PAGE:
Many theories and practices implemented into psychology have emerged from Western cultural traditions and come from a Western understanding of the human mind and behavioural responses (Vaughn, 2019). In working with different people I have increased my cultural awareness, which is the ability to be conscious of cultural similarities and differences (Kirmayer et al., 2016). Cultural groups show variation in the types of stressors experienced and the coping styles developed (Gopalkrishnan, 2018).
How did the service change during Covid-19?
On 23 March, the UK went under lockdown and mental health worsened substantially as a result of the Covid-19 pandemic, by an average of 8.1% (Xu & Banks, 2020). The Coronavirus Act (2020), put into place temporary changes to the Mental Health Act in order to ensure the safety, care and treatment of vulnerable people whilst we faced new economic uncertainty.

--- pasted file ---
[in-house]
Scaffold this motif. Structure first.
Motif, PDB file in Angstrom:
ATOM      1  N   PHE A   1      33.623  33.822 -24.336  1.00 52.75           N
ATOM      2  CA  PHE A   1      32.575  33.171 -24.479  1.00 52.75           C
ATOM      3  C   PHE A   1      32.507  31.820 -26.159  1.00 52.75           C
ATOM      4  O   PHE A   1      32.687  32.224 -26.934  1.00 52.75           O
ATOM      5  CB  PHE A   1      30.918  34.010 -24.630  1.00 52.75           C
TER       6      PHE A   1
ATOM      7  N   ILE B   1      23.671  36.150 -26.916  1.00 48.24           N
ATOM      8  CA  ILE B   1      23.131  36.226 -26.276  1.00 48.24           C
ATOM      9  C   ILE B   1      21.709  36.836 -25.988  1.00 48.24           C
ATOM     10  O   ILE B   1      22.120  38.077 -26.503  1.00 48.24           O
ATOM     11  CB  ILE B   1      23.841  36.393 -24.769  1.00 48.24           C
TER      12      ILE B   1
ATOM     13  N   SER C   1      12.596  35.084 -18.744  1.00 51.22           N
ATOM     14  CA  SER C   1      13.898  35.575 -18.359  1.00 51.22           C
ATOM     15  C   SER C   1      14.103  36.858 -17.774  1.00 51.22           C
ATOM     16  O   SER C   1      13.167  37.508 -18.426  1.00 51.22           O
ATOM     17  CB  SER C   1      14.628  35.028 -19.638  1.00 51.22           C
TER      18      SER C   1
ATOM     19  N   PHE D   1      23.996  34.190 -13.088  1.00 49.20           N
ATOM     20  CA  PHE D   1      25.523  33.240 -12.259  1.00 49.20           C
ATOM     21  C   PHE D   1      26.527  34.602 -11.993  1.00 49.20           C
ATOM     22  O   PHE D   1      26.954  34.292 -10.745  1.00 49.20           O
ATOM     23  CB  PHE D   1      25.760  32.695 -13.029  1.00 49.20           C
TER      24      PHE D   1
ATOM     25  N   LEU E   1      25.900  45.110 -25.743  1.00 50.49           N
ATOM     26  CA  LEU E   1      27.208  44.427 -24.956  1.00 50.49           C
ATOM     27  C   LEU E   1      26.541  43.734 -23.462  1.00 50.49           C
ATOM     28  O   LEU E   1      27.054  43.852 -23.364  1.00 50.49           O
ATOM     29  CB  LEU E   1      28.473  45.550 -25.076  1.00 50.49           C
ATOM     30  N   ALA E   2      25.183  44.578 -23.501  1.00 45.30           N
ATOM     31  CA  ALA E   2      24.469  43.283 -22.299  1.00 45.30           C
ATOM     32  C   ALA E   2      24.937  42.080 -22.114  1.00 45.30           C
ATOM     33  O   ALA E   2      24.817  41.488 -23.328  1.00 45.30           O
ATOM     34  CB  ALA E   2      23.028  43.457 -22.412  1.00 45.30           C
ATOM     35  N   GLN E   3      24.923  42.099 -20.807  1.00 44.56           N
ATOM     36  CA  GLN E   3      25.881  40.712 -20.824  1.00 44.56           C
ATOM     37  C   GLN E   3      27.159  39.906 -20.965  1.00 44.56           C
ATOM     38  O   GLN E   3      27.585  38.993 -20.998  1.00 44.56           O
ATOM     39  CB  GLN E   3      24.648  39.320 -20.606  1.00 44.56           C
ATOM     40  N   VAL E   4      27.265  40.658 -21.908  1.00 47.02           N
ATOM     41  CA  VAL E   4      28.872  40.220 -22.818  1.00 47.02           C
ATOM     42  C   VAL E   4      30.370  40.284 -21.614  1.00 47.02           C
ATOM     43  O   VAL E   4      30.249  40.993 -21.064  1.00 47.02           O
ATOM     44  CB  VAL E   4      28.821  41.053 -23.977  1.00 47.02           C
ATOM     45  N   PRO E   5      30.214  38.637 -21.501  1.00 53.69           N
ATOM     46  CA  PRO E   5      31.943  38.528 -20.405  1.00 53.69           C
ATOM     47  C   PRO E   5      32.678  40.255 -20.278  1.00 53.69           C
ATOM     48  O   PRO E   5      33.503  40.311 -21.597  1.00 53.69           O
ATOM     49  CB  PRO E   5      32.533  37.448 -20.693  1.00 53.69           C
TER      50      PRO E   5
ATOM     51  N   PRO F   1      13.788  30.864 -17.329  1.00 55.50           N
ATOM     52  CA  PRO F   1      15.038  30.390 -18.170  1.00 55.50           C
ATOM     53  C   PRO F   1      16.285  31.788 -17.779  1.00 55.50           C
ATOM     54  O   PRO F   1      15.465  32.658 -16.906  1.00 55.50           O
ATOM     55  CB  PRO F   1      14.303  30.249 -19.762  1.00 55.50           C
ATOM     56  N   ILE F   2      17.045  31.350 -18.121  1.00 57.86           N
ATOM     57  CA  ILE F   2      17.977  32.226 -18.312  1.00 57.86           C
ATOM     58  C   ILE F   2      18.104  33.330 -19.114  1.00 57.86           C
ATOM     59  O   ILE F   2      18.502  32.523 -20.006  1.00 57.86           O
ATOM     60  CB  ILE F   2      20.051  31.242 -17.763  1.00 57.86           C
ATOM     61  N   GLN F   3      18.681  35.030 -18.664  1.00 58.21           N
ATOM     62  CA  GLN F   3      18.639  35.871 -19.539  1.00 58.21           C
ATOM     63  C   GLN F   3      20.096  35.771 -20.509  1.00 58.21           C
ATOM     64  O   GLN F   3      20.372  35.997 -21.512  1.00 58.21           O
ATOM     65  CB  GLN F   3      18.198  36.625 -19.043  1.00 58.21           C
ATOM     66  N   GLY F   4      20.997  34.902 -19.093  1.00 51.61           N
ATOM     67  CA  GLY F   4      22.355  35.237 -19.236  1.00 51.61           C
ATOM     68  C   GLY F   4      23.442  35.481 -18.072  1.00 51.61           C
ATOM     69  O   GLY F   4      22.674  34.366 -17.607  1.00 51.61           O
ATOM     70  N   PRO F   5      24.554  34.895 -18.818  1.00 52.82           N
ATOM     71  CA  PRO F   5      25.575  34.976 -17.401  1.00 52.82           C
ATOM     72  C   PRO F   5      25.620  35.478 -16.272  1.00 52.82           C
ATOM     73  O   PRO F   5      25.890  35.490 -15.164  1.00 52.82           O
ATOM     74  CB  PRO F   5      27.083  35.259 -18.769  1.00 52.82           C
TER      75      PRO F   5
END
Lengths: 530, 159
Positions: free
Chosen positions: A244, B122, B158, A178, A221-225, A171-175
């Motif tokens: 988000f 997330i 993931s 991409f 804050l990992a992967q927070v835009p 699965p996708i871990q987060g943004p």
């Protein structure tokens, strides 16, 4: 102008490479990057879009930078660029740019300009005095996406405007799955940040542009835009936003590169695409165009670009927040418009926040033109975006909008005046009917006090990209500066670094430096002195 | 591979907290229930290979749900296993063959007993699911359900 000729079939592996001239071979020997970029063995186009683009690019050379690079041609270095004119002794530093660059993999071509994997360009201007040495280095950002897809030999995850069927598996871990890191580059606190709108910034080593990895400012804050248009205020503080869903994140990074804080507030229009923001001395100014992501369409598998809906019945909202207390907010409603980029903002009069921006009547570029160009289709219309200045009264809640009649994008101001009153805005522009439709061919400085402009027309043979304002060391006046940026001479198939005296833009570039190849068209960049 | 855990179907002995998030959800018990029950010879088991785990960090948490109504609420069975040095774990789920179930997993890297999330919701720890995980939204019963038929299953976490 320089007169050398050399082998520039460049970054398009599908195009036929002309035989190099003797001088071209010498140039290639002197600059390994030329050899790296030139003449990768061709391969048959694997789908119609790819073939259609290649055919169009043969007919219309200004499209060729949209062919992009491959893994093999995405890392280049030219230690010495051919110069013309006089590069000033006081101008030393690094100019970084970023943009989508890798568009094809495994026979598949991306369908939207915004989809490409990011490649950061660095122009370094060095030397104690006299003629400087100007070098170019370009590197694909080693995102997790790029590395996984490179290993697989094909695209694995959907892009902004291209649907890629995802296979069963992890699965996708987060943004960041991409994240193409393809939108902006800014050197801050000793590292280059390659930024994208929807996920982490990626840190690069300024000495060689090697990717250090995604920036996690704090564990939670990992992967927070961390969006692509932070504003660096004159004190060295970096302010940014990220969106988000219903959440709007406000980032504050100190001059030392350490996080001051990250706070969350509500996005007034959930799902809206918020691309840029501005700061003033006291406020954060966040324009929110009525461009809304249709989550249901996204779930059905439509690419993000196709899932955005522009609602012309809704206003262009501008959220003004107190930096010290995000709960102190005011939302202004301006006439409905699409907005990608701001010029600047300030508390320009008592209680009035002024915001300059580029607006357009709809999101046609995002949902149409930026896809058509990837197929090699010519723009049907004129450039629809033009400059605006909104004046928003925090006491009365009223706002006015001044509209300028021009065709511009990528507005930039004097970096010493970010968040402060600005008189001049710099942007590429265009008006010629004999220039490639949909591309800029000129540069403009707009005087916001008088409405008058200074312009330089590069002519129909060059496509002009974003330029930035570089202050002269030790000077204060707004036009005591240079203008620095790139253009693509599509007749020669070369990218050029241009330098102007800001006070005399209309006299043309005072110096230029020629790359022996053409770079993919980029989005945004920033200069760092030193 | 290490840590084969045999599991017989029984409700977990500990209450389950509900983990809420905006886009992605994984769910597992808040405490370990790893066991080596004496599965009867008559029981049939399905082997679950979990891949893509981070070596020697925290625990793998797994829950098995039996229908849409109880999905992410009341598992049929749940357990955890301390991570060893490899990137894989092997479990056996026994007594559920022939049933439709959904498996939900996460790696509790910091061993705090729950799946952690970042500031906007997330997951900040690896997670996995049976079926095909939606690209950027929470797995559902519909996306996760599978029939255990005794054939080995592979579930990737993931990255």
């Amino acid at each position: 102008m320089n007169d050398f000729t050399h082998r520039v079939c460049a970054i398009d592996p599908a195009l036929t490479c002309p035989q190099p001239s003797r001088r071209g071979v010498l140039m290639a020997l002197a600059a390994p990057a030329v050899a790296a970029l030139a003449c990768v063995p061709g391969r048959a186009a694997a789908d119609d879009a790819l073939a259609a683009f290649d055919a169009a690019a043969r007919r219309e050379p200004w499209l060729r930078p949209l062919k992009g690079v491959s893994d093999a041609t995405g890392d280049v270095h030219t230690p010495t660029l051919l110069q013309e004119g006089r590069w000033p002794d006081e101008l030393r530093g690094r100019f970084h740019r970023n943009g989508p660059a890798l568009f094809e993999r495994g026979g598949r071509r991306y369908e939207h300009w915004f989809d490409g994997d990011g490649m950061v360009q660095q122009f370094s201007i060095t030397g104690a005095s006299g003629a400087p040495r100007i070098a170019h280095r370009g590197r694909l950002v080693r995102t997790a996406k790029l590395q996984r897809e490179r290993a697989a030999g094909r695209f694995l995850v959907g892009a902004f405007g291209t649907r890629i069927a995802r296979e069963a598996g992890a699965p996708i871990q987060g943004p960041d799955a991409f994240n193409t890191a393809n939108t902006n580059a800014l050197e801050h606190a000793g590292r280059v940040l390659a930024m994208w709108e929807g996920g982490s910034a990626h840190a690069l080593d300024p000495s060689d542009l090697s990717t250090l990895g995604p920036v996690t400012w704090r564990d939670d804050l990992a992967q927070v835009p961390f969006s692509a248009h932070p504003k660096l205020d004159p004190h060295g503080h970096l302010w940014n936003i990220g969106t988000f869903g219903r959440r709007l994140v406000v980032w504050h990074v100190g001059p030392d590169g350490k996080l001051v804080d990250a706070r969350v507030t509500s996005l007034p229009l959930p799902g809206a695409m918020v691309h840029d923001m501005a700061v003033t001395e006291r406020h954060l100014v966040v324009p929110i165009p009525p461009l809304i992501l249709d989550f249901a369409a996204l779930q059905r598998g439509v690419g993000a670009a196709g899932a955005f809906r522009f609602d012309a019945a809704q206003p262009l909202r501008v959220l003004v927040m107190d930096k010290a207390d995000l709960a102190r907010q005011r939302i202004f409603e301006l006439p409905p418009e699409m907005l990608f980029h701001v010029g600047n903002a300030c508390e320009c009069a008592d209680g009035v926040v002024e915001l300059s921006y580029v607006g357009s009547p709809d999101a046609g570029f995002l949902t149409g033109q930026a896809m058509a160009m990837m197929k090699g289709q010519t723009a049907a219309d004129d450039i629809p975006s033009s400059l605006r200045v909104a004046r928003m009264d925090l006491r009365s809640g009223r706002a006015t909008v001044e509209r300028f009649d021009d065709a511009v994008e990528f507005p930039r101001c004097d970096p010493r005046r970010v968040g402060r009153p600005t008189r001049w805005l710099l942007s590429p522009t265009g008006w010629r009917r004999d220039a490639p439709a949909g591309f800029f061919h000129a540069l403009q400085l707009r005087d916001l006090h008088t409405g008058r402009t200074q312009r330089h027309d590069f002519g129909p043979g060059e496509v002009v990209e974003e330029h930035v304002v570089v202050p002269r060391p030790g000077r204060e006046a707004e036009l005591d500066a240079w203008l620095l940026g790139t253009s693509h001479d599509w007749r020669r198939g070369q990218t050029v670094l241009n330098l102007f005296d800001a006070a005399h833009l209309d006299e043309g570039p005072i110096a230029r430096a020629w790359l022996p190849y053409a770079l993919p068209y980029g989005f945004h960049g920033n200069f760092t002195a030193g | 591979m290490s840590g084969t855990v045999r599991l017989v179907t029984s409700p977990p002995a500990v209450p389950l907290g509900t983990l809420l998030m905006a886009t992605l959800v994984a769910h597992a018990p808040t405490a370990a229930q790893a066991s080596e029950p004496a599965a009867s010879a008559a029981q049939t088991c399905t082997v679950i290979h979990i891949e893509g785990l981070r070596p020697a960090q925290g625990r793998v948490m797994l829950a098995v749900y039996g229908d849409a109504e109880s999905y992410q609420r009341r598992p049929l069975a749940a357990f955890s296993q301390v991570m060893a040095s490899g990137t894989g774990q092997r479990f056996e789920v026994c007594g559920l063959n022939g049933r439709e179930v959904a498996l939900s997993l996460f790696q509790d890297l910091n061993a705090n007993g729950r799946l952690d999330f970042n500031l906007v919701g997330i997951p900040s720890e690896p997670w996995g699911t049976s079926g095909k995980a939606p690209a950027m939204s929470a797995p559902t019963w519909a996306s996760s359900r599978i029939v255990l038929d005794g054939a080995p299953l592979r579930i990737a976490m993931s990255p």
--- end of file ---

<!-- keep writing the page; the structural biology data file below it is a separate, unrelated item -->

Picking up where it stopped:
Alongside many other service providers, I have been challenged to modify my practices in order to provide care and support to those with existing or new mental health needs. Necessary adjustments made include moving to phone and video consultations. Martin-pena et al. (2017) stated that threats cause psychosocial effects, including elevated emotional reactions, increased perception of vulnerability and reduced perceived control. The lockdown measures created high-risk environments with increased pandemic-related stressors and limiting access to protective resources and support systems (Bradbury-Jones & Isham, 2020).
Specifically, for the clients I work with, the measures amplified emotional distress levels and risk of harm to self as well as harm to others. With the service being restricted and the access to additional support being limited many of the clients were referred to the crisis team when struggling with suicidal thoughts. The crisis team is part of a strategy to reduce acute bed use, they help service users who are experiencing a crisis of sufficient severity (Johnson et al., 2018).